Cerebromicrocirculatory defects in animal model of depression

Sheldon H. Preskorn, Thomas A. Kent, Robin K. Glotzbach, George H. Irwin, Jay V. Solnick

Research output: Contribution to journalArticlepeer-review

13 Scopus citations


In the tetrabenazine (TBZ) model of depression, the cerebromicrocirculation was discovered to respond abnormally to metabolic demand as mimicked by the administration of CO2. Altered responsivity of cerebral blood flow and effective permeability of the blood - brain barrier to changes in PaCO2 were found. These physiologic defects coincided temporally with TBZ-induced depletion of central norepinephrine and dopamine and with the development of the behavioral effects of TBZ (the end points used to test the antidepressant potential of experimental drugs). Pretreatment with amitriptyline (a standard antidepressant and amine reuptake inhibitor) prevented the development of these TBZ-induced abnormalities in the cerebromicrocirculation, just as it prevented the behavioral effects.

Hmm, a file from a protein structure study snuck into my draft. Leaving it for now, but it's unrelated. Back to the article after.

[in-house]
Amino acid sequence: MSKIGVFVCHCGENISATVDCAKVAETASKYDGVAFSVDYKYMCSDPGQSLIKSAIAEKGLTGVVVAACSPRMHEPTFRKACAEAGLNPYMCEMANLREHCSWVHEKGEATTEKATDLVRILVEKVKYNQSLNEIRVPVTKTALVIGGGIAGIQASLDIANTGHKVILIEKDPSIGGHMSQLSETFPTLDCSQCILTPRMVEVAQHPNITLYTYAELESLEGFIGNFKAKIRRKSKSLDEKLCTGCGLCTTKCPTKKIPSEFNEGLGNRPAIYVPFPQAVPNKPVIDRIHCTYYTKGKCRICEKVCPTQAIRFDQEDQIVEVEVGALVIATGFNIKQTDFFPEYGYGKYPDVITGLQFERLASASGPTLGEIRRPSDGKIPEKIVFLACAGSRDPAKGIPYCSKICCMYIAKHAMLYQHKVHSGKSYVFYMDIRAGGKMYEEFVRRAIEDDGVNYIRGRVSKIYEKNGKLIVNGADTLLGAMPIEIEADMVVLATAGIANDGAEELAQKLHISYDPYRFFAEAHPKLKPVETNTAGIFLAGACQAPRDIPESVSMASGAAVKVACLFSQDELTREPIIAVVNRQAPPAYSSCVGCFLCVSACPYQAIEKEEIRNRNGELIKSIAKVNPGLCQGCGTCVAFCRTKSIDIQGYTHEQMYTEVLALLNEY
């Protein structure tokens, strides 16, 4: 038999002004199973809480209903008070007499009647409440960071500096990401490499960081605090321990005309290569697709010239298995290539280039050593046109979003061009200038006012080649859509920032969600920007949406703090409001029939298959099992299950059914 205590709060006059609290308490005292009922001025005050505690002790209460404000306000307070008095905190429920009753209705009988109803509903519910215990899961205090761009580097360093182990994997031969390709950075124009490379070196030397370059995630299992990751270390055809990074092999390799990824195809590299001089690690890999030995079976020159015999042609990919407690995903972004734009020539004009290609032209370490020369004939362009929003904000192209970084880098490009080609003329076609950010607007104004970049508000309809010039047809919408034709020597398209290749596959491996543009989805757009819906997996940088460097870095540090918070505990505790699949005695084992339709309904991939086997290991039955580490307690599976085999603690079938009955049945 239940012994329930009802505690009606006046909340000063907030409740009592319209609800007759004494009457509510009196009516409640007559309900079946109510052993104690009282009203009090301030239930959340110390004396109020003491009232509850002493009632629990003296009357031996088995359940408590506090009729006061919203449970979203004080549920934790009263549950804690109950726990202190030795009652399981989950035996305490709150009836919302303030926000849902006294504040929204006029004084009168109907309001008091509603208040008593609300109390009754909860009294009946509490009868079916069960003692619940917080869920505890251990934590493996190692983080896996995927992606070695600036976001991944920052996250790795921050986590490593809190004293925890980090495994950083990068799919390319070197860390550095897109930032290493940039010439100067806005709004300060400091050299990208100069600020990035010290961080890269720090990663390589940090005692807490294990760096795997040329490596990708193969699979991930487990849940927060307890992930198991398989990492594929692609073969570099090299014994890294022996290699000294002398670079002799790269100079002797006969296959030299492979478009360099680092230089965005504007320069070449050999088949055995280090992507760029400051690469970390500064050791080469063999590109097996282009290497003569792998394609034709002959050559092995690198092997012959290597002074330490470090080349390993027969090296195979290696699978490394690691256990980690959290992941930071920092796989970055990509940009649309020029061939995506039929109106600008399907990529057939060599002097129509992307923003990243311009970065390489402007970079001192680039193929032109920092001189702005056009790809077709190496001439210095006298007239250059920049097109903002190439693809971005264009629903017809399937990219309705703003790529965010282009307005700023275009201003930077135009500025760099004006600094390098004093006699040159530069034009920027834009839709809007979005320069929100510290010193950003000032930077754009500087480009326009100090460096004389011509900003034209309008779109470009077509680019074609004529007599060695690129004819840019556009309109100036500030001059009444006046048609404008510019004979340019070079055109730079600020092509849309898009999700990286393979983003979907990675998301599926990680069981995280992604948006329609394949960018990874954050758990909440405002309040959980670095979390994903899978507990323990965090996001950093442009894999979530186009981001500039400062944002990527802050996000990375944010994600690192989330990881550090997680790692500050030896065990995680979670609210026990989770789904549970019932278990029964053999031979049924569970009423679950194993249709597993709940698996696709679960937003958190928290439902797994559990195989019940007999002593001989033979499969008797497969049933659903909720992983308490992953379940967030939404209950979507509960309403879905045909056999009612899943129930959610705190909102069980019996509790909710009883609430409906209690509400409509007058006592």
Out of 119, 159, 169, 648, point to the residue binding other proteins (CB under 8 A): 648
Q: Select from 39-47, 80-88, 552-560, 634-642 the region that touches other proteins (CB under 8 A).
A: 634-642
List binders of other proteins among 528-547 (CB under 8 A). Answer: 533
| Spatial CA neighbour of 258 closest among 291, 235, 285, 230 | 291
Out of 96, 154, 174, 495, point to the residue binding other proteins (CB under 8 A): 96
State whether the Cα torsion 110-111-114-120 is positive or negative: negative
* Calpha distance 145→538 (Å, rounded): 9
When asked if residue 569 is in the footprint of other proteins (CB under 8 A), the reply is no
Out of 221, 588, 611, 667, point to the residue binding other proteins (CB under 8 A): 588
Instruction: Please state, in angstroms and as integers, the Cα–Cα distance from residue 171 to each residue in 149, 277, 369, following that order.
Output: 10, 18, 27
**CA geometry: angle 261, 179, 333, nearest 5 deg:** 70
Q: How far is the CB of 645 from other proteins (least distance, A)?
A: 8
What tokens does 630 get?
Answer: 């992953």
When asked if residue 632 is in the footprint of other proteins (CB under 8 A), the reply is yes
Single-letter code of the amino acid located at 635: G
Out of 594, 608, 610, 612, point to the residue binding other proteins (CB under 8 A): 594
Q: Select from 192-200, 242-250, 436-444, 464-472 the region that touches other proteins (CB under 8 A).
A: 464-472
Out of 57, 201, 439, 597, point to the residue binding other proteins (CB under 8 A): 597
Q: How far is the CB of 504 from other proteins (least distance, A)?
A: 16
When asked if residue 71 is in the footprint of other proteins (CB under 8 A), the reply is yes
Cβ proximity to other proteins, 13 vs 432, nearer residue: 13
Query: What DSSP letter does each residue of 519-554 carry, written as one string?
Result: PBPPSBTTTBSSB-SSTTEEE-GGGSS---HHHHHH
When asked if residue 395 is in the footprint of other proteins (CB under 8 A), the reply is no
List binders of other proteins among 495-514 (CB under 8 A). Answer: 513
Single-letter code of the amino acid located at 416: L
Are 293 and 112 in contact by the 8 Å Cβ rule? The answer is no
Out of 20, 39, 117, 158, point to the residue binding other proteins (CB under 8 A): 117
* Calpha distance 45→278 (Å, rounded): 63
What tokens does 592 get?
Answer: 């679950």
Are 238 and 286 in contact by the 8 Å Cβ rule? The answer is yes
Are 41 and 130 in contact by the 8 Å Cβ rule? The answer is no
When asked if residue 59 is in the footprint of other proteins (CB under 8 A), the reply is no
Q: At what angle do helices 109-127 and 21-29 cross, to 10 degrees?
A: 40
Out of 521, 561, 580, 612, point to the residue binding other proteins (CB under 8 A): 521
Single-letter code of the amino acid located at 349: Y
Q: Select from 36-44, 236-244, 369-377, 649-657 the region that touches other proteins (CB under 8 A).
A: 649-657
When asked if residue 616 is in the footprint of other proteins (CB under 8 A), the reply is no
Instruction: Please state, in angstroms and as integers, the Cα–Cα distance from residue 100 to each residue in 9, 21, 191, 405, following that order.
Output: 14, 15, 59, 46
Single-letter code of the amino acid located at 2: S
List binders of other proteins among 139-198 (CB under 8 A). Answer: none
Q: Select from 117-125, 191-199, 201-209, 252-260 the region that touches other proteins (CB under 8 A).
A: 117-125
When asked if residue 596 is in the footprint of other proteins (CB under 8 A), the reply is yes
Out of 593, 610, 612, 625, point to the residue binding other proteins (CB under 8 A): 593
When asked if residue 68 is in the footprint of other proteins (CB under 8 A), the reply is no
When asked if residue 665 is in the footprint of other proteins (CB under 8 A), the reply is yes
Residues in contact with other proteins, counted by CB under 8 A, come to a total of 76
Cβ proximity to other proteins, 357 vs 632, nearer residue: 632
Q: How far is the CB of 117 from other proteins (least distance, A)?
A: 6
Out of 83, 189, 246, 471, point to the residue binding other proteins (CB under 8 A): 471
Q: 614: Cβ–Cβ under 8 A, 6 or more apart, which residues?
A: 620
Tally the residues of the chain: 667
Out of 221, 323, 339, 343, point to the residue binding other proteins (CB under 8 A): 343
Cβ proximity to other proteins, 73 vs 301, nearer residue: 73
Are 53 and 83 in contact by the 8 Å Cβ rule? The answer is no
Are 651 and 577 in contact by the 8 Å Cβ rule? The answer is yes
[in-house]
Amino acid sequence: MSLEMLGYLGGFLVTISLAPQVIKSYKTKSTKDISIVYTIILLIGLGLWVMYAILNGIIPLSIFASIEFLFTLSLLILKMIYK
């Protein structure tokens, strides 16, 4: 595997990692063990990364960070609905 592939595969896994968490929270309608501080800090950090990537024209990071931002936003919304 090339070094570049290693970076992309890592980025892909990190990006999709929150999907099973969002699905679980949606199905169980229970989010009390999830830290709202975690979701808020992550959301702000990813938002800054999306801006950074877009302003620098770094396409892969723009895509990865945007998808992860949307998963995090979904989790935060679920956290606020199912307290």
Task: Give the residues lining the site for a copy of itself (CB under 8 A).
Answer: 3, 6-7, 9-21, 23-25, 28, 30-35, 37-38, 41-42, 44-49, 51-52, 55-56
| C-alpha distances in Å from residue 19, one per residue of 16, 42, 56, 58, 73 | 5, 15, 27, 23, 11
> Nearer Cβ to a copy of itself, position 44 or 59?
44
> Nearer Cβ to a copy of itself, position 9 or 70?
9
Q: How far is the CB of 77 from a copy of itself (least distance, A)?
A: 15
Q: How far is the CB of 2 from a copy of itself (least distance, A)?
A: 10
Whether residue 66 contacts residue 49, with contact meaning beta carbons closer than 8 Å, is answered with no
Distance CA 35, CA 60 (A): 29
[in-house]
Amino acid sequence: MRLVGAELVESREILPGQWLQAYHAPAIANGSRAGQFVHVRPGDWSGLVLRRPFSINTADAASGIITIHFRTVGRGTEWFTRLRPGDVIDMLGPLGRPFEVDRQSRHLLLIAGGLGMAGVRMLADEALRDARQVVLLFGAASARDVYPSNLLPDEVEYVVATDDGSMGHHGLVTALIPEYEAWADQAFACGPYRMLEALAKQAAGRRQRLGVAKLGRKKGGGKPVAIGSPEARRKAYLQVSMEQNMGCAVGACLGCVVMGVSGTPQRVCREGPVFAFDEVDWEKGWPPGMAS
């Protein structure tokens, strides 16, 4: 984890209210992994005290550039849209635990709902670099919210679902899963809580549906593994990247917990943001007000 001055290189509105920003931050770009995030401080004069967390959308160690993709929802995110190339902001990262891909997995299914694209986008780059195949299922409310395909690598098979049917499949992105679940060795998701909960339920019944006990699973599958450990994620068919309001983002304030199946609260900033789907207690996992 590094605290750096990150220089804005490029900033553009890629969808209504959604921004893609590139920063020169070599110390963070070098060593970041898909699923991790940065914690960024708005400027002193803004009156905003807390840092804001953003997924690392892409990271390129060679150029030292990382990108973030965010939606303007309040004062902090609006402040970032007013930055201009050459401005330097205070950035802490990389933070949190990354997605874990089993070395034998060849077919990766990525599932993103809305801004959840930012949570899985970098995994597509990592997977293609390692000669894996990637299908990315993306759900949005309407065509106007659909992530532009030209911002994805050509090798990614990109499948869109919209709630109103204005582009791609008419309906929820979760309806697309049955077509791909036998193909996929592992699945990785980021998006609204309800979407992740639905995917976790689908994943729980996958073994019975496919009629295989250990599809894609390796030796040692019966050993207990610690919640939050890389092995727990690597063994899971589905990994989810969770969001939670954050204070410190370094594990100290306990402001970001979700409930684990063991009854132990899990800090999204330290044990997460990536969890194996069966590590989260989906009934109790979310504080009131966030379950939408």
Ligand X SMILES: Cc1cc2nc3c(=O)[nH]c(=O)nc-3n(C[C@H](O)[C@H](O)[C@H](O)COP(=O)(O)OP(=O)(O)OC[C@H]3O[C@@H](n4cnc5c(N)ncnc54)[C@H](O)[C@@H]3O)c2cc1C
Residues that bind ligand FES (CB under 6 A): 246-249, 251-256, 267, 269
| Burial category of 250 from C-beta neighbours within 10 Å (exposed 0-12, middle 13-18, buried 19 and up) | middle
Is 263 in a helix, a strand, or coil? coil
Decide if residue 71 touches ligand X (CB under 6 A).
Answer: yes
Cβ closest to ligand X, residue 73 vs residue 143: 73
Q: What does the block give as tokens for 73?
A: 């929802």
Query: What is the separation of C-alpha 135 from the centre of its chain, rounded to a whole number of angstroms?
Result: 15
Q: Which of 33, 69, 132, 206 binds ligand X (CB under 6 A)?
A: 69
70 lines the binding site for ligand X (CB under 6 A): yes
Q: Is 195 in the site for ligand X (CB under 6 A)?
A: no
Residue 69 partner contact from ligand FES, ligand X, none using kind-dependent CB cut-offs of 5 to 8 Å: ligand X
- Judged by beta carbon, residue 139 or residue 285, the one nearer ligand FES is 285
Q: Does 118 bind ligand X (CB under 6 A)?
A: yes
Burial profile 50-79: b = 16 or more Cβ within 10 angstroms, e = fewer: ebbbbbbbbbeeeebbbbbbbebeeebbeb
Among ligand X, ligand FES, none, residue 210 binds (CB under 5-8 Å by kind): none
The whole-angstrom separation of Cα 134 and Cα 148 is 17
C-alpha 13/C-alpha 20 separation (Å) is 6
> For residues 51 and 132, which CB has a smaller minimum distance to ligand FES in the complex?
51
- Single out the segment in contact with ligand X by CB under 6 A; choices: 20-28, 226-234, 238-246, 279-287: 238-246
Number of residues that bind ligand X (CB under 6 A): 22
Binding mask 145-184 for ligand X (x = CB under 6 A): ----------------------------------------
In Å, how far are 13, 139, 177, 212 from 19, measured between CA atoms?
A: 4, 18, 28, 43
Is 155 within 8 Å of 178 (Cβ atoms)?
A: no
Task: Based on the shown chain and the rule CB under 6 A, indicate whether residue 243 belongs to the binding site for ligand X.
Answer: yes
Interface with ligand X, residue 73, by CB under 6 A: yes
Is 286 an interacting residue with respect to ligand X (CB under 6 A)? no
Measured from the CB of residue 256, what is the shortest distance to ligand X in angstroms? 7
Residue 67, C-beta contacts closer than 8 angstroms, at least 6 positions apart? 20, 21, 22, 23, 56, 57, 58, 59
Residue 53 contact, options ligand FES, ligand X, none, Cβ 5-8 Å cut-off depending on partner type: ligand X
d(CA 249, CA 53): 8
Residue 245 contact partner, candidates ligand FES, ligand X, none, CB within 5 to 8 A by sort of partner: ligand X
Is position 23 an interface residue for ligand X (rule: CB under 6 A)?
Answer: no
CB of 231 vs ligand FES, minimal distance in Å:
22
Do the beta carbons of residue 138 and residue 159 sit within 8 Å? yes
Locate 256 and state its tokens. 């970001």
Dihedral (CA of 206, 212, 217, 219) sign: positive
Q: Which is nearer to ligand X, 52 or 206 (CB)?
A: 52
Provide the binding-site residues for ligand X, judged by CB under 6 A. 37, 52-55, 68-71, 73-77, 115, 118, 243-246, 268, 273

Original languageEnglish (US)
Pages (from-to)196-199
Number of pages4
Issue number2
StatePublished - Oct 1984


  • Animal model
  • Biogenic amines
  • Bood-brain barrier
  • Cerebral blood flow
  • Depression
  • Tetrabenazine

ASJC Scopus subject areas

  • Pharmacology


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